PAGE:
Samuel Golden was born in 1915 and lived until 1997. His art related career began when he worked in his uncle, Leonard Bocour’s shop, Bocour Artist Colors located on 15th Street in Manhattan. Together they created hand ground and mixed oil colors for local artists. Some of those artists gathered and sat up their easels in Leonard’s shop to paint and share ideas. In this arena Samuel Golden and his uncle worked alongside those artists by developing or modifying paints as the artist’s needs changed. What a great way to be in the loop creating colors and changes to paint as the artists ‘tested’ the material right in front of their eyes !

Back in that era oil paint was the artists predominate medium. It was creamy, easy to apply and was available in basic colors. The thinners and cleaning agents, turpentine for one, were quite aromatic and unpleasant for some. Oil paint was very slow drying, so precluded moving around with the finished piece of art and it was messy. The time with the artists was inspiring and was the beginning of a journey for Samuel, working towards making something other than oil paints. Something that had a different base, or binder to carry the pigment. Just as good but maybe having better handling time while having the same excellence in pigment as the oil paint.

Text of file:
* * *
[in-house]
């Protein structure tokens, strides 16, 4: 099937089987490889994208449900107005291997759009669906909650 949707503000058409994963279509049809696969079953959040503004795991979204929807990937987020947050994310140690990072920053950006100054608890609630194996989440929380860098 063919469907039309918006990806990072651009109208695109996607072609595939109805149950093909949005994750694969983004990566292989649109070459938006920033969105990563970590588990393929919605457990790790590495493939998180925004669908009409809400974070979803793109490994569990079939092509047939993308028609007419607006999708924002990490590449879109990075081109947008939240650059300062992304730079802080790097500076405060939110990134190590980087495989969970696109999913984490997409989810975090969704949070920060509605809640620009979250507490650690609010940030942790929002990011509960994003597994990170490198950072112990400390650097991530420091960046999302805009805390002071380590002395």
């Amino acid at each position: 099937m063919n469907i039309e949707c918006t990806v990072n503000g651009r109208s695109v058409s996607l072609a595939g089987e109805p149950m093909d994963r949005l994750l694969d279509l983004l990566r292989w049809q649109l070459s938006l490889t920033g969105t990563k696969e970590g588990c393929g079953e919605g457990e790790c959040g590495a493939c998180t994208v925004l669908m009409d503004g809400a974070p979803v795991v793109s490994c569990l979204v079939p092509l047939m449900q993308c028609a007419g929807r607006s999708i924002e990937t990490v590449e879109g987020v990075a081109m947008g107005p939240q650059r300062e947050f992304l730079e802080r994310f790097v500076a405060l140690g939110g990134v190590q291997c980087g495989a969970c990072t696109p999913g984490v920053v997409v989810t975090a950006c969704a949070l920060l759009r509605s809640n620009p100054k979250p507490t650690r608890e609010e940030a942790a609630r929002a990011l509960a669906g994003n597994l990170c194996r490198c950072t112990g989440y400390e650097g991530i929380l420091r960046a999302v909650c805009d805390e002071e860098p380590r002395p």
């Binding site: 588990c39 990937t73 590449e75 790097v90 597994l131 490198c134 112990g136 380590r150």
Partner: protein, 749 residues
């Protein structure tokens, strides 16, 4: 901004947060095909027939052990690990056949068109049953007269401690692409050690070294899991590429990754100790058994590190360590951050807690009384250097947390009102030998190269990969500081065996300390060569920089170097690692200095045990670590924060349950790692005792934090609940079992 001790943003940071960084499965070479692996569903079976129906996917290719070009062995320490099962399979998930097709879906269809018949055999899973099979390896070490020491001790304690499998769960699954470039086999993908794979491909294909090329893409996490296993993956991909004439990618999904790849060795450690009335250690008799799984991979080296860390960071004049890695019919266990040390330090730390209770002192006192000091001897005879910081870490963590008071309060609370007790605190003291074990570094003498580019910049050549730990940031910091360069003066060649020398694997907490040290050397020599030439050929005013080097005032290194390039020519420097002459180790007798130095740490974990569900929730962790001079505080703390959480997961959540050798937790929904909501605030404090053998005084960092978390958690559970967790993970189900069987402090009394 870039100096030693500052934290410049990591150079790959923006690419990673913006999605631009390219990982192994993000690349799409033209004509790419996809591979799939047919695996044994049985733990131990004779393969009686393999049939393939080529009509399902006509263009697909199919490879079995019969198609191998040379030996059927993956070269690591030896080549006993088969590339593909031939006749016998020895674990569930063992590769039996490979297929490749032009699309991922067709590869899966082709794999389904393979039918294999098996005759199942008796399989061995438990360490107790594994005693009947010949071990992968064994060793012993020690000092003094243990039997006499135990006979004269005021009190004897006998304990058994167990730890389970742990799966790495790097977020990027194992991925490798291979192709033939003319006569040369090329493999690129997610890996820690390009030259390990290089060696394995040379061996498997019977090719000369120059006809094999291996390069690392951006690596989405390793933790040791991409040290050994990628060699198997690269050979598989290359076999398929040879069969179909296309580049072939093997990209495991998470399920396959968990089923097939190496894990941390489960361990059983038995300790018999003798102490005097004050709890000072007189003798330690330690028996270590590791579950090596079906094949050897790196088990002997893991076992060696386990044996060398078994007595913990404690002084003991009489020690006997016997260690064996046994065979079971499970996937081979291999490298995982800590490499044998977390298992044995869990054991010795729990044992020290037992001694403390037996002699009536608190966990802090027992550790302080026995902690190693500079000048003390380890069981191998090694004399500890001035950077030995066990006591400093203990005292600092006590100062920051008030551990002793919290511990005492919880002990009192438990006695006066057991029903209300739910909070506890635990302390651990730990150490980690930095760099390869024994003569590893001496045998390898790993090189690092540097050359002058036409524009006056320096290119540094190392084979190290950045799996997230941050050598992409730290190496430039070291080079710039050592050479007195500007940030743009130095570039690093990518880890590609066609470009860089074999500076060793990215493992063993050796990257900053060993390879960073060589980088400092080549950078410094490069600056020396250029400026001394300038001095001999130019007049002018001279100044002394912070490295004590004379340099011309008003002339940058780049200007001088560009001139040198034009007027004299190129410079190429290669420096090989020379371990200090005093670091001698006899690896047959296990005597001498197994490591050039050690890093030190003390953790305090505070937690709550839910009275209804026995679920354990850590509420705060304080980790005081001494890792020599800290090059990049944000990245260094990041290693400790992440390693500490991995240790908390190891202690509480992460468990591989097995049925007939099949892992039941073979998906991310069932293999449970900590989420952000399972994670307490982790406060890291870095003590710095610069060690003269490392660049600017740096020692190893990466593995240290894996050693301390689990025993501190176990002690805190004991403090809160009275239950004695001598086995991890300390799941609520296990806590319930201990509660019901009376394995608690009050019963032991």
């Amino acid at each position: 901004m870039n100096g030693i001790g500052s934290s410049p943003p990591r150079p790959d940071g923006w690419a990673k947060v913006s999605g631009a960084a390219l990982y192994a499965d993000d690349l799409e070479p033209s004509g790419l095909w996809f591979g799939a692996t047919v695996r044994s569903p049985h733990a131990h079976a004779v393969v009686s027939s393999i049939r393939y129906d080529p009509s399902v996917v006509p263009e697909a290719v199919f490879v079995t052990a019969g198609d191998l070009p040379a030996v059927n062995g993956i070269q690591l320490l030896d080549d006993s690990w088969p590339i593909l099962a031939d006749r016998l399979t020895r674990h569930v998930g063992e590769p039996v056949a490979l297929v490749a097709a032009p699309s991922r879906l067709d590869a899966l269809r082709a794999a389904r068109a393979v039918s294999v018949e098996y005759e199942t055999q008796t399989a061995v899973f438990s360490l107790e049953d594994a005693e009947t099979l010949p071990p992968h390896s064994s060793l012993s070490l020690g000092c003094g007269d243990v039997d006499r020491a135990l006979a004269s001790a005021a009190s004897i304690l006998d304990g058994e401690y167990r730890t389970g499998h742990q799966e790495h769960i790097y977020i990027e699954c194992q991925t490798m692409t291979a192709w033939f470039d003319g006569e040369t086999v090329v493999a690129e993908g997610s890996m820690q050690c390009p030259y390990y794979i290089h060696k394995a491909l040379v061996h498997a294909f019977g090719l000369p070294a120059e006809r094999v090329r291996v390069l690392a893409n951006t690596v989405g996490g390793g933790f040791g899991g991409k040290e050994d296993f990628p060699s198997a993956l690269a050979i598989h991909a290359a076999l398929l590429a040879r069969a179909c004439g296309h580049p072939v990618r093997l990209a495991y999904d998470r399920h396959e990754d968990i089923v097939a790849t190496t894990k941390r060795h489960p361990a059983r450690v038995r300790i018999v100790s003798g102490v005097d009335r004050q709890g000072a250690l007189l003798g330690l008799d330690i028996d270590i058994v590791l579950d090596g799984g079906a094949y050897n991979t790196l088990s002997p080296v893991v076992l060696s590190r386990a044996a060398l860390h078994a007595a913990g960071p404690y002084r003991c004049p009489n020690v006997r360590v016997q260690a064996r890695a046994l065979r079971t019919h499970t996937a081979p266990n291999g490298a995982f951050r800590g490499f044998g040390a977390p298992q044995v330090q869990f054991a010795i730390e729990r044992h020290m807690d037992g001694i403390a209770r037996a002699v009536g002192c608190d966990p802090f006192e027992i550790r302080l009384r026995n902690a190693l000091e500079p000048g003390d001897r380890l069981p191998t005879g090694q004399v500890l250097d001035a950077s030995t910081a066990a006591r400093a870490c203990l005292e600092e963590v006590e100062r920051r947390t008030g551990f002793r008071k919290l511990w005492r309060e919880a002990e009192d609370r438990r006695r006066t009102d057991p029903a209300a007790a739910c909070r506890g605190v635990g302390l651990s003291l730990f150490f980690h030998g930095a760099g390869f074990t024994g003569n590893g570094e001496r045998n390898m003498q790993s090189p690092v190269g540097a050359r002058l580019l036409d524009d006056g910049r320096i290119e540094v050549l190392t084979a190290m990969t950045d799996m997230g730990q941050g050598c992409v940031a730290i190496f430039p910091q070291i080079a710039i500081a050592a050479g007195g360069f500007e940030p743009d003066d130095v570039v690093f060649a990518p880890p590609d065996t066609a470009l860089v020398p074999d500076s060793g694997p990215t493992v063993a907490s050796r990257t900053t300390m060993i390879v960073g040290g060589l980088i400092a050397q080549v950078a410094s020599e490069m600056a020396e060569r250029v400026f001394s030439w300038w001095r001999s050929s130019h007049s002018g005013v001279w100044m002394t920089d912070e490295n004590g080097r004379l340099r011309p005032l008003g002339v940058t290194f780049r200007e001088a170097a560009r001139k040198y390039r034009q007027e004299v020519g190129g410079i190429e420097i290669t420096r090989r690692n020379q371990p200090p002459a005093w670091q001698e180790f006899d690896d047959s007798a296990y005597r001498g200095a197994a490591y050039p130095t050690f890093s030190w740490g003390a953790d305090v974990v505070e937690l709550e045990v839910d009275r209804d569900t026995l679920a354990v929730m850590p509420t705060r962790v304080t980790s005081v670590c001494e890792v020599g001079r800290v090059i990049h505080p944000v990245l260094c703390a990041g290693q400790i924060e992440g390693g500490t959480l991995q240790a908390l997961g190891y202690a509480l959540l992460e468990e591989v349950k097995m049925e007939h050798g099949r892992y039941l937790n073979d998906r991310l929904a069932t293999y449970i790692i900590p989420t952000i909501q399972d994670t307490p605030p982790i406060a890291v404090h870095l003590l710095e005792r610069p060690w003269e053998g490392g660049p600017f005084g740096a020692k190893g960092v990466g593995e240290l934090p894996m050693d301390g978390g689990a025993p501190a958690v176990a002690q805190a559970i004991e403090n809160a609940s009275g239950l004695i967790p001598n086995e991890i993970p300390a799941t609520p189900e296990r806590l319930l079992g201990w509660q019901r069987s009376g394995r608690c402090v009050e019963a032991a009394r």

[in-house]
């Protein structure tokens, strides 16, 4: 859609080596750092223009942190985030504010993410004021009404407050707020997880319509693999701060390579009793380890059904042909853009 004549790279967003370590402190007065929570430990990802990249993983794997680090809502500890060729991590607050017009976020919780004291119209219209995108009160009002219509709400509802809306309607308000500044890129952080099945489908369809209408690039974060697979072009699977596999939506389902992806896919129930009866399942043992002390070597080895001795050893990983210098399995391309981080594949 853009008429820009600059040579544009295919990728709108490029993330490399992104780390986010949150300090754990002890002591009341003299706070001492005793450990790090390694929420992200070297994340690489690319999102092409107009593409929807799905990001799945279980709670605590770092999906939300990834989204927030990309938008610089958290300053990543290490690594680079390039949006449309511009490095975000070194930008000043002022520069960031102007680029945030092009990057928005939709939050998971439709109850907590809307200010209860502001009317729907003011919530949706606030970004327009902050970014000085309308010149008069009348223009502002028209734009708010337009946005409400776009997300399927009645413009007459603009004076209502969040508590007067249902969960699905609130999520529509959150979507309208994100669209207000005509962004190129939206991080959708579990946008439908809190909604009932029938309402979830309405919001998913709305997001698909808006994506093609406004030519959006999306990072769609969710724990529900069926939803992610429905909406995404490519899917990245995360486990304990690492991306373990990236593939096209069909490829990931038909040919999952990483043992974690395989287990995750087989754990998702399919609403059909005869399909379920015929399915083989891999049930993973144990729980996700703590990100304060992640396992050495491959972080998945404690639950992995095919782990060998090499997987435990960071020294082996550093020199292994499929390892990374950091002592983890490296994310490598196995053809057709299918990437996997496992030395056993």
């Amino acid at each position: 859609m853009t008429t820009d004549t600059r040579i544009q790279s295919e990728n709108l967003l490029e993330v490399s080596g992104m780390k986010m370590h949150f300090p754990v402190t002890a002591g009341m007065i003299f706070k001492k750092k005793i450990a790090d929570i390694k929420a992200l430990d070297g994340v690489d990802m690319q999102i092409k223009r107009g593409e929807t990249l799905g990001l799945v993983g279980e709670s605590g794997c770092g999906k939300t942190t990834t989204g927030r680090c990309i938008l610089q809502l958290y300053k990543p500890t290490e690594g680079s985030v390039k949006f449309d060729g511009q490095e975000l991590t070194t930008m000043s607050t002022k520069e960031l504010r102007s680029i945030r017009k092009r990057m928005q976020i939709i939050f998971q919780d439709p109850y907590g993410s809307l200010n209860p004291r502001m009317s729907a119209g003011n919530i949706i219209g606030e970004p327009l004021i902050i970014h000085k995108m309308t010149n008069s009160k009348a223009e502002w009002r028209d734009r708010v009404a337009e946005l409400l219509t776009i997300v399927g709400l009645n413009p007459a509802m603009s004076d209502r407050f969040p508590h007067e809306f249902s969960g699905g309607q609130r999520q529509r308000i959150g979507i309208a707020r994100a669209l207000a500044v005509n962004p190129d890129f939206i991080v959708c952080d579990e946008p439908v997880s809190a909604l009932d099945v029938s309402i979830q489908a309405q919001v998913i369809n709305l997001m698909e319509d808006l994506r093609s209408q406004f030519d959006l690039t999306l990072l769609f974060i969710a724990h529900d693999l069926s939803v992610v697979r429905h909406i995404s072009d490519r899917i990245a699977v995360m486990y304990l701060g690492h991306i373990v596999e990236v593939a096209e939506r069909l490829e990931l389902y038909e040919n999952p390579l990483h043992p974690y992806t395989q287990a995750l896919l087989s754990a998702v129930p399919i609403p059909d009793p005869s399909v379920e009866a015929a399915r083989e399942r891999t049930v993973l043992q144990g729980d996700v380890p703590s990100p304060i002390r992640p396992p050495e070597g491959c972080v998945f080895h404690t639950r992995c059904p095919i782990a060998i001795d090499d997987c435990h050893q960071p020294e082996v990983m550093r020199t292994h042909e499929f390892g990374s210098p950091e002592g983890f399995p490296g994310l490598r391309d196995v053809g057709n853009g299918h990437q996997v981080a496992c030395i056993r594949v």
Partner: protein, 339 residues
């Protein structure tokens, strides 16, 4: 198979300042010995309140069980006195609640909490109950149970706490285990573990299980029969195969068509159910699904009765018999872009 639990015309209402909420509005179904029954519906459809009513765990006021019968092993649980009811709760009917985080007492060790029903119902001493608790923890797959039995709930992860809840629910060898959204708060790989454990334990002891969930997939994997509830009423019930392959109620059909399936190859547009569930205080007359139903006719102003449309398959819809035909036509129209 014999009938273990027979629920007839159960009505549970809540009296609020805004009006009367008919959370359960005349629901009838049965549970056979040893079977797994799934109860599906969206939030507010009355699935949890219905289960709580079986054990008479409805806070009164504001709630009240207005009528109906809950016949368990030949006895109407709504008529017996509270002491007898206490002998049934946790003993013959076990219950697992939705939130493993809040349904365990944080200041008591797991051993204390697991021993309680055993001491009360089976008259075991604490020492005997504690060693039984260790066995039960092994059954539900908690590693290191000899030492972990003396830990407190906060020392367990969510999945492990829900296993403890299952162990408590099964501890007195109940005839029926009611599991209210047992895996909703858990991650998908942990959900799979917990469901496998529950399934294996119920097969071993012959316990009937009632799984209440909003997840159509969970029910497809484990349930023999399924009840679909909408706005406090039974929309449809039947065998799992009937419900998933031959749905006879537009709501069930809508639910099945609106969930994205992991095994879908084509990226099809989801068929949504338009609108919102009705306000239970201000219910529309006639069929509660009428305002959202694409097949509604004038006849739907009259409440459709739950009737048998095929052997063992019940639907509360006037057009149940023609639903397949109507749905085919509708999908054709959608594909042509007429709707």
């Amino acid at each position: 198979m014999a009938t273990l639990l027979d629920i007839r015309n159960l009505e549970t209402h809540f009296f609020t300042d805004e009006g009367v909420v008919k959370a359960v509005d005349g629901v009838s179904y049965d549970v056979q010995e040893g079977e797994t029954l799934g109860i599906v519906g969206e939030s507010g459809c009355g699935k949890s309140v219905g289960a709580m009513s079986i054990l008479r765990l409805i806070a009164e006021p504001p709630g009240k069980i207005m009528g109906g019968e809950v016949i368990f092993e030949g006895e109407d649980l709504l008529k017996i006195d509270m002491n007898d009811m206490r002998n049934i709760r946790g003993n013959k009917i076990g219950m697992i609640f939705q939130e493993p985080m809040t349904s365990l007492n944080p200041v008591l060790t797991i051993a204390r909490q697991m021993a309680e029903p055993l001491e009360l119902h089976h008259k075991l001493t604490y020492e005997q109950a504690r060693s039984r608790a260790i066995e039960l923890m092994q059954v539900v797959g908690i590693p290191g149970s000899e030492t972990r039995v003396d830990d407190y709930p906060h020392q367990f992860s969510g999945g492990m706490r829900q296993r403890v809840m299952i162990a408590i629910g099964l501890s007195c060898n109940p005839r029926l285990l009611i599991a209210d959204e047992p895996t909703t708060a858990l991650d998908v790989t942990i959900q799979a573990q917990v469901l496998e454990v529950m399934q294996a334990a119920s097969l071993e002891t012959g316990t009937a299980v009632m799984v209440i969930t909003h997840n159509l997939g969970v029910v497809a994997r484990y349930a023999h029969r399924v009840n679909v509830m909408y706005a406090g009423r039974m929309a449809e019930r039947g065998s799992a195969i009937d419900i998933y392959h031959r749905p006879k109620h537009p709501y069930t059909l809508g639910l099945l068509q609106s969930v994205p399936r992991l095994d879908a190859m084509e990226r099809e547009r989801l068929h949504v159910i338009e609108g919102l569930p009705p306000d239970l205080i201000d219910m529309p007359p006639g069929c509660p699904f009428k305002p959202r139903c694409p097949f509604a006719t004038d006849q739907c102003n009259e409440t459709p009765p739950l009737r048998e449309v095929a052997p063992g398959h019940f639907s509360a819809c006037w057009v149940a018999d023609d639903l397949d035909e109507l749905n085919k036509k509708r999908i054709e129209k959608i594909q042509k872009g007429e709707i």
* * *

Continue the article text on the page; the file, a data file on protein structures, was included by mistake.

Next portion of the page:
Samuel and his uncle experimented and during the years 1947-1949 developed a new kind of binder. The first ‘acrylic’ paint, created and marketed by Leonard Bocour was called Magna Paint. The binder was a plastic polymer and when mixed with color pigment offered quick dry time and easier, fumeless (water) cleanup. One of the first colors developed was a Phthalocyanine. Samuel Golden later developed the first iridescent colors, also the first stable Alizarin and the first Zinc White in acrylic.

His career beginning in 1936 in a small shop in Manhattan turned into a major business. He and his son, Mark founded Golden Artists Colors in June 1980. The first company site was a small 900 square foot barn. Samuel advertised his work as ‘making tools for artists’.

The work has continued at the same site but with several expansions. The company acquired Williamsburg Oil Paints and have added new acrylic products and of course many premixed colors. The company became employee owned, Sam retired and passed. But the traditions of making a fine acrylic paint and related products for artists continues on the same site where it began.

Thanks for reading!

Jane

Categories: Art

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